The Peach State had opposed as too burdensome the latest attempt by a handful of Georgia voters and election advocates to supplement its electronic voting machines with pen and paper, but U.S. District Judge Amy Totenberg said the supporting evidence was compelling.
She said the last three statewide elections in Georgia, including the June 9 primaries and August runoffs, were marred by precinct device failures that disenfranchised voters who spent up to six hours trying to cast ballots.
Judge Totenberg ordered Georgia Secretary of State Brad Raffensperger to provide each county election office with updated voter information upon the close of absentee in-person early voting so that lists can be printed and used to issue ballots. The state must encourage and train precinct workers to use on Election Day at least one paper poll book and maintain a sufficient stack of emergency paper ballots.
"Plaintiffs have been seeking this relief for a long time, and their pleas have fallen on the state's deaf ears," Judge Totenberg said in her order. "It is not too late for defendants to take these reasonable concrete measures to mitigate the real potential harms that would otherwise likely transpire at precinct polling locations grappling with the boiling brew created by the combination of new voting equipment issues and old voter data system deficiencies."
The plaintiffs have been challenging the state's voting systems and equipment since August 2017, alleging that new electronic ballot marking devices and other digital machines are just as unreliable and prone to hacking as the state's old system from three years ago, parts of which still haven't been updated.
Judge Totenberg's order followed a dayslong evidentiary hearing via Zoom, interrupted by a hacker, in which cybersecurity experts testified that Georgia's voting system was vulnerable to attacks and couldn't identify faults or rectify them, meaning the state couldn't produce reliable election results.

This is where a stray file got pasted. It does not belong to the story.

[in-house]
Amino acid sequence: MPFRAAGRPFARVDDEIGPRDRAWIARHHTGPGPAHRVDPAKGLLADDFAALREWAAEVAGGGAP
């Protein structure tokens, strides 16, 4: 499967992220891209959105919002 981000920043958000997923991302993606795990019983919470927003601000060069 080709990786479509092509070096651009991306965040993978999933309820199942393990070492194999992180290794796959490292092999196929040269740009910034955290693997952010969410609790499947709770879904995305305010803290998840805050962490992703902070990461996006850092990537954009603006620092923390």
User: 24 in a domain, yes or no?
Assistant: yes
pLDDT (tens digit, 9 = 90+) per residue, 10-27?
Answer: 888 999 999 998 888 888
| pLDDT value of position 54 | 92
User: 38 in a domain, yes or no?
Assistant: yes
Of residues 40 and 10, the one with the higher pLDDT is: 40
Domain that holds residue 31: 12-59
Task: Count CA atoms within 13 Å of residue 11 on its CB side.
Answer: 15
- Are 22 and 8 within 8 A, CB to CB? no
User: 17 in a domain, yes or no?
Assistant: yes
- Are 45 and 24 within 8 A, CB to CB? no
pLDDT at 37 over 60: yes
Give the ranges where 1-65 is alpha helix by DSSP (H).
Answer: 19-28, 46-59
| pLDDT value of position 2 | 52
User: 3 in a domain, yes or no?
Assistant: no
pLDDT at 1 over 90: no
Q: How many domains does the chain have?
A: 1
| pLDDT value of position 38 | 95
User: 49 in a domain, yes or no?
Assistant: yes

Judge Totenberg cited in her order a "host of bugs" and other issues, including the failure to read driver's license barcodes to verify voter registration, record voter signatures upon check-in, accurately report if a voter has voted previously and encode ballot access cards to allow voters to cast ballots. She said the result was that many voters had to use provisional ballots in recent elections, some of which were rejected without explanation from officials.
Judge Totenberg also said the state had jeopardized the security of its voter check-in system by disabling the default password protection of electronic "poll pads" and allowing them to operate on an unreliable and unsecure internet connection. She said Georgia voters faced imminent harm of a "constitutional magnitude" and the plaintiffs were likely to succeed on their claim requiring paper backups.
"The harm suffered by a voter in being turned away from the polls or from being shuffled into a provisional ballot process with no guarantee that their ballot will be counted is permanent," Judge Totenberg said. "Defendants suggest there is no constitutional violation because voters have the option to vote absentee to avoid problems with the poll books. However, the evidence offered in this case and others in this district ... demonstrates that Georgia's absentee voting process also poses other risks of voter disenfranchisement."
David D. Cross of Morrison & Foerster LLP, lead counsel for the plaintiffs, told Law360 on Tuesday that they are thrilled with the court's order, which is "a common-sense solution to a major problem."
"It will make a difference on Nov. 3 by reducing the risk of long lines and helping ensure every voter gets to vote, without needlessly resorting to provisional ballots," he said.
Cross said plaintiffs will closely monitor Georgia's Nov. 3 election, with the court still to consider their request for widespread use of hand-marked paper ballots. He said if the state uses its electronic ballot marking devices as planned, the upcoming election will comprise "even worse chaos" than the June primary.
Counsel for the state deferred comment to Raffensperger's office, which did not immediately respond Tuesday to a request for comment.
The plaintiffs are represented by David D. Cross, John P. Carlin, Lyle F. Hedgecock, Mary G. Kaiser, Robert W. Manoso, Veronica Ascarrunz and Eileen M. Brogan of Morrison & Foerster LLP, Halsey G. Knapp Jr. and Adam M. Sparks of Krevolin & Horst LLC, Bruce P. Brown of Bruce P. Brown Law LLC, Robert A. McGuire III of Robert McGuire Law Firm, Cary Ichter of Ichter Davis LLC and John Powers and David Brody of the Lawyers' Committee for Civil Rights Under Law.
Georgia is represented by Vincent R. Russo, Josh Belinfante, Carey A. Miller, Alexander Denton and Brian E. Lake of Robbins Ross Alloy Belinfante Littlefield LLC and Bryan P. Tyson, Bryan F. Jacoutot, Diane F. LaRoss and Loree A. Paradise of Taylor English Duma LLP.
The case is Curling et al. v. Raffensperger et al., case number 1:17-cv-02989, in the U.S. District Court for the Northern District of Georgia.
--Editing by Orlando Lorenzo.
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